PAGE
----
Levinz, Robert (DNB00)
LEVINZ, LEVENS, or LEVINGE, ROBERT, D.C.L. (1615–1650), royalist, born in 1615, was a son of William Levinz of Senkworth, near Abingdon, who carried on the business of a brewer at Oxford. His grandfather, William Levinz, was an alderman of Oxford, and five times mayor at the close of the sixteenth century; he was buried in All Saints Church, where there is a fine recumbent effigy to his memory. Robert was uncle of Sir Creswell Levinz [q. v.], Baptist Levinz [q. v.], and William Levinz [q. v.] He matriculated at Lincoln College, and graduated B.A. on 4 Feb. 1634, and D.C.L. in 1642. He was commissary in 1640 to the Bishop of Norwich (Cal. State Papers, Dom. 1640–1, pp. 394, 397). On the outbreak of the civil war he took up arms for the king at Oxford, and obtained the rank of captain, but on the capitulation of the city to the parliament in 1646 appears to have resumed his studies. After Charles I's execution he was employed by Charles II in various negotiations, and finally received a commission to raise troops in England for the new king at the time of Charles's Scottish expedition in 1650. The plot was discovered, and he was arrested in London. His papers were seized, and many blank commissions signed by the king were discovered among them. Levinz was taken before the council of state, and was handed over as a spy to the council of war. He was tried by court-martial and sentenced to be hanged. Offers were made to spare his life if he would betray his accomplices: this he refused to do, but acknowledged the truth of the accusations against himself, while protesting the justice of his cause. He was taken to Cornhill in a coach guarded by a troop of horse, and hanged against the Exchange on 18 July 1650. Lloyd speaks of his numerous friends, his prudence, and integrity. His wife was a daughter of Sir Peregrine Bertie, and granddaughter of Robert, earl of Lindsay.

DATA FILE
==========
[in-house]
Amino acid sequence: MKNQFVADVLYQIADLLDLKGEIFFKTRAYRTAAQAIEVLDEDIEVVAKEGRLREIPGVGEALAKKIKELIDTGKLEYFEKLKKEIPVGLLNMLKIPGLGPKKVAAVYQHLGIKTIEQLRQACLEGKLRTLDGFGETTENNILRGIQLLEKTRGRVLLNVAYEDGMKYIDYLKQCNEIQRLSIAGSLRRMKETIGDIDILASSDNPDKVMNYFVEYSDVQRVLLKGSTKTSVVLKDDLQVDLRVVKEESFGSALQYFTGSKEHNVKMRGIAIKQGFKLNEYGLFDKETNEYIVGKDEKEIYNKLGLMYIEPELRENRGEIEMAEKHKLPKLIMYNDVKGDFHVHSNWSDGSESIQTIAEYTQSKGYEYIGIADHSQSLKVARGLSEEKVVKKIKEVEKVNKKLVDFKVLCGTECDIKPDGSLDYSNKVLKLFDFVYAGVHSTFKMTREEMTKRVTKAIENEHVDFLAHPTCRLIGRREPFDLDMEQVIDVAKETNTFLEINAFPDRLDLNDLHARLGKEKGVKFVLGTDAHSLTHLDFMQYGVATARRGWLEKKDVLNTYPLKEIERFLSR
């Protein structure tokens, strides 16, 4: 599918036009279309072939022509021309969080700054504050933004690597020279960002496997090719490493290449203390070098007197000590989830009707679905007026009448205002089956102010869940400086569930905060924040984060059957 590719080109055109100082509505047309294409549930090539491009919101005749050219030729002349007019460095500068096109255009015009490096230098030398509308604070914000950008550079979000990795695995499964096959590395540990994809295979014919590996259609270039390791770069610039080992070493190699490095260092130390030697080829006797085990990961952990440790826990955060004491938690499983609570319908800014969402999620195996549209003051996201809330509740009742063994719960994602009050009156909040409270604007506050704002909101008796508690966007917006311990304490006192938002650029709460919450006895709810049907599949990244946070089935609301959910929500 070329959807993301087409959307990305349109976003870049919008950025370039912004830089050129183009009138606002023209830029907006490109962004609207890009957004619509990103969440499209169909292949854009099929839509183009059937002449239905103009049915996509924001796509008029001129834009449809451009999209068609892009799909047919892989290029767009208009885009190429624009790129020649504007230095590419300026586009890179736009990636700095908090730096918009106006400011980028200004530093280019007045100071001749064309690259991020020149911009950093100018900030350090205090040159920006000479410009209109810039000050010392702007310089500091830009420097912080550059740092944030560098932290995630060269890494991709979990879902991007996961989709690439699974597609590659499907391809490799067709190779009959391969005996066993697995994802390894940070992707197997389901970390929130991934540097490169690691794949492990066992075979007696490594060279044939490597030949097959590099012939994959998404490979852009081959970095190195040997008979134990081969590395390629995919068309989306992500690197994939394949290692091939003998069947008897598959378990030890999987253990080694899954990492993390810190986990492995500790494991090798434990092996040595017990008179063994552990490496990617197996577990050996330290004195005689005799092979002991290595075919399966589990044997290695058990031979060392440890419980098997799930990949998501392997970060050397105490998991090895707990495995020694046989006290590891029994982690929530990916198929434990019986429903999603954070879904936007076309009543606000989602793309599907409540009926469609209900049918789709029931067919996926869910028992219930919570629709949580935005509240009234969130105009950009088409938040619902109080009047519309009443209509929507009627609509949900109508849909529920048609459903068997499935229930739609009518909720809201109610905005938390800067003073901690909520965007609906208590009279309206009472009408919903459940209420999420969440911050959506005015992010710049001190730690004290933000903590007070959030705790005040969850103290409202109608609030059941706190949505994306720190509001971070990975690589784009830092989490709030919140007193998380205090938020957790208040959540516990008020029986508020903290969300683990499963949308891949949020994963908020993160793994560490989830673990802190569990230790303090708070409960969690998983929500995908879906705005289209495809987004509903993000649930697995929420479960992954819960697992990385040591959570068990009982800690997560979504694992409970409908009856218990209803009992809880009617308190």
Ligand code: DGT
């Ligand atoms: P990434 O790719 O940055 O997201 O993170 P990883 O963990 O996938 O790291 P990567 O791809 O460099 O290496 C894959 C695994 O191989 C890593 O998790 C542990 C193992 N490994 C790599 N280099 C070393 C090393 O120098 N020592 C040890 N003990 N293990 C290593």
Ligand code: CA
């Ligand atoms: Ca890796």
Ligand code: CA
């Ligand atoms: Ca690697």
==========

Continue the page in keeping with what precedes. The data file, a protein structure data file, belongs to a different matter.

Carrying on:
A portrait appears in Winstanley's ‘Loyal Martyrology,’ 1665.
[Winstanley's Loyal Martyrology, p. 28; Visitation of Oxford, 1573, private printed, by Sir T. Phillipps; Clarendon State Papers, ii. 73; Wood's Fasti (Bliss), i. 468, ii. 47; Lloyd's Memoirs, 1668, p. 560; Whitelocke's Memorials, p. 464; Topographer, 1821, vol. i.]